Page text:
Not linking is not security

by brian d foy

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Earlier this month I heard about a fuss over information leak out of ApplyYourself, a company that helps manage the admissions process for schools. Apparently they didn't protect their information about admission status for students, and a particular URL would let students know how their application is doing. An entry in PowerYogi explains how it worked. Type the right URL into the browser and the you get the information.

Now, according to Reuters, Harvard Business School is rejecting applications from 119 students who took advantage of the ApplyYourself bug. Accepted Admissions Almanac posted a letter they sent to Business Week. They know which students looked at their application status since they used the session and user IDs that ApplyYourself gave to them. They weren't being sneaky or trying to get information on anyone else other than themselves.

The information each student needed to get to the application status was gladly given to them by the web pages they were already allowed to view. I don't see any "hacking" here.

Harvard Business School calls this "unethical". Most businesses would call it "resourceful", but that's just another way schools and reality diverge. If anyone is to blame, it's ApplyYourself and their inability to control the information or correctly authorize its viewing. They made it available, and people looked at it.

Simply not linking to information is not a security model.


2005-03-08 22:55:33
Not linking is not security
Reminds me of the people who use hidden fields to send sensitive information on a roundtrip through the client browser in web apps. After all, noone's going to View Source, right?
2005-03-09 16:22:05
ethics vs. web browsers
In a business ethics class, it was discussed whether it would be unethical to look at a document about salaries (for example) that was in an unlocked drawer. It was decided that, just because we knew where the document was and could get it without getting caught, it would be unethical to do that.

I imagine that Harvard is taking a similar stance, which is why they are discussing "ethics" while the engineers are discussing "security."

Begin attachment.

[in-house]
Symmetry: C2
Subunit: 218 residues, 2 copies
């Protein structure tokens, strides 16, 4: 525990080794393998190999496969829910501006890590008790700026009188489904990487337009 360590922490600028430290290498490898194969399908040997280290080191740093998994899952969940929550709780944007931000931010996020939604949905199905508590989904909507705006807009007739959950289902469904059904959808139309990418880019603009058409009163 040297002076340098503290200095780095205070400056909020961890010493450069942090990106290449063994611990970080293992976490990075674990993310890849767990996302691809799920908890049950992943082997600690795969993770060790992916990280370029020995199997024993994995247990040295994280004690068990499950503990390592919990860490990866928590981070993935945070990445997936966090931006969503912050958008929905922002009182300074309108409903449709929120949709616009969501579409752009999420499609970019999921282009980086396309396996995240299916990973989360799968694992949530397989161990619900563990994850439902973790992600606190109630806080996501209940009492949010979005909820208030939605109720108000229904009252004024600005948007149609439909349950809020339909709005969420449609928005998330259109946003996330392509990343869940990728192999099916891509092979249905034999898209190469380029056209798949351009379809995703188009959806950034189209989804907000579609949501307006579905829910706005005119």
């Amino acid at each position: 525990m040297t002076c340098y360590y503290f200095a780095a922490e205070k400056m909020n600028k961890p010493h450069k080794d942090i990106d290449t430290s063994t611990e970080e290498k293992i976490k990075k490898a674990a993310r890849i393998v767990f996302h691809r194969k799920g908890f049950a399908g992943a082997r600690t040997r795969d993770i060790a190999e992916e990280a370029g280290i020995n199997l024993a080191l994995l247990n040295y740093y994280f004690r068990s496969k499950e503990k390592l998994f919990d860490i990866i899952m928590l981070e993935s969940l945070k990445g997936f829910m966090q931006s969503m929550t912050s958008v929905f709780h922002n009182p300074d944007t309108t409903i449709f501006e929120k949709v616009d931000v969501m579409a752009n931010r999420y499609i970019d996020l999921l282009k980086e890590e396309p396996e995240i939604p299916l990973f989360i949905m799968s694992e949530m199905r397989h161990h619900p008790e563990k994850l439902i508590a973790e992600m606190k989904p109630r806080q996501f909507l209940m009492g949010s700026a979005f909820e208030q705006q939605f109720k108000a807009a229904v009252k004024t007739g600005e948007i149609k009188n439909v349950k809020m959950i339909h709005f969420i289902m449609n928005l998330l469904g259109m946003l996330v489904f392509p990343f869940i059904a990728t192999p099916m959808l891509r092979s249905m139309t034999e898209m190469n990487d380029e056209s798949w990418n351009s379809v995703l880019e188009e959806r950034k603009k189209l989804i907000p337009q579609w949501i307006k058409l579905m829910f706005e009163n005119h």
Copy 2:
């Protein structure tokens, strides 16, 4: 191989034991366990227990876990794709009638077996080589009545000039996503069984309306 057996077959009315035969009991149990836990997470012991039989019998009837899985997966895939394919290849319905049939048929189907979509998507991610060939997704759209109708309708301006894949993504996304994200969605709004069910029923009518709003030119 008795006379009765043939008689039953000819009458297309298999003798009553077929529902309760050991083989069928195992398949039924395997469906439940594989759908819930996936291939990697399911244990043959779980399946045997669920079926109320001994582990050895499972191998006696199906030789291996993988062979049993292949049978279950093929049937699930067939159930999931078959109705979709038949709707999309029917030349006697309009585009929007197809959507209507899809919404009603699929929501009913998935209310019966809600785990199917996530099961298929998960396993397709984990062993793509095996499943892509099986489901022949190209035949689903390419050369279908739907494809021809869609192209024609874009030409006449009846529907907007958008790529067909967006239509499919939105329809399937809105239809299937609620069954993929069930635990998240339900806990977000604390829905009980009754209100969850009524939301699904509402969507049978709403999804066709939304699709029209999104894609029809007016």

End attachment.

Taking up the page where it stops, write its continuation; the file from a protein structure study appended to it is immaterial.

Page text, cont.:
In business, a boss should be able to tell someone not to look at a document, and be assured that the document will remain unviewed. People who look at documents they shouldn't may be called "resourceful." They might also be called "fired."

My only real point here is that this article and Harvard are talking about two different things.

2005-03-10 00:01:22
The More Serious Ethical Violation
Harvard isn't mentioning the other and more serious ethical violation in this incident. The school didn't exercise sufficient care to protect the confidential records of applicants. This was perhaps the easiest break-in in Internet history. If applicants who had been accepted are to be cruelly rejected, then perhaps Harvard should discipline those who made this blunder.

Harvard's behavior is a bit like the Italian officials who are raising a fuss about US soldiers shooting one of their agents who was in a speeding car approaching a checkpoint. They're trying to distract attention from the fact that they've paid millions in ransom money to terrorists who'll use it to kill yet more Iraqi citizens.

Moral of both stories: The guiltier they are, the more loudly they try to blame others.

--Mike Perry, Inkling Books, Seattle
Author: Untangling Tolkien

2005-03-10 03:27:19
The More Serious Ethical Violation
not to mention that had the Italians not been active communists and one of them a reporter noone would have ever heard of it as it would have been understood by all sides that it was just one of those things that happen in a warzone...
2005-03-10 10:34:41
ethics vs. web browsers
In your business class, you would have to discuss whether it would be unethical for someone to apply for a job, then log into the site specified for them to view their offer. They would be told the offer would be sent by, say Monday. They log in, they don't see any results yet, but guess that the URL might be something like //yourjob/offerresults.html.

So they type it in to see if anything has been posted yet, in their account, for their own job. Low and behold, the offer has already been posted on that Sunday.

Where the heck is the ethical issue here? I'm sorry, if they didn't want that information distributed, they shouldn't distribute the information!!! Where did these applicants promise not to know their results prior to the deadline? Where did these applicants promise not to type in a URL within ApplyYourself's web site?

Where were they told they should avoid any potential source of information concerning their application prior to some date?

Yes, the article and Harvard are talking about two different things... The article is talking about reality, while Harvard's talking about a spin on reality. After all, someone has to take the blame, and who is a better target than these applicants?

2005-03-10 14:47:45
ethics vs. web browsers
Going through a desk to get information about other people is world's apart than looking at a website you used to apply to a school to get information about yourself.

The "ethics" concern is a knee-jerk reaction to people who don't even know what it means. Should Harvard also turn away students who call on the phone to ask the status of their applications? What if they call and an admissions officer mistakenly tells them?

Indeed, my article doesn't parrrot Harvard Business School: I think they have no one to blame but themselves, and that is unconscionable to them. To save their reputation, they blame the students.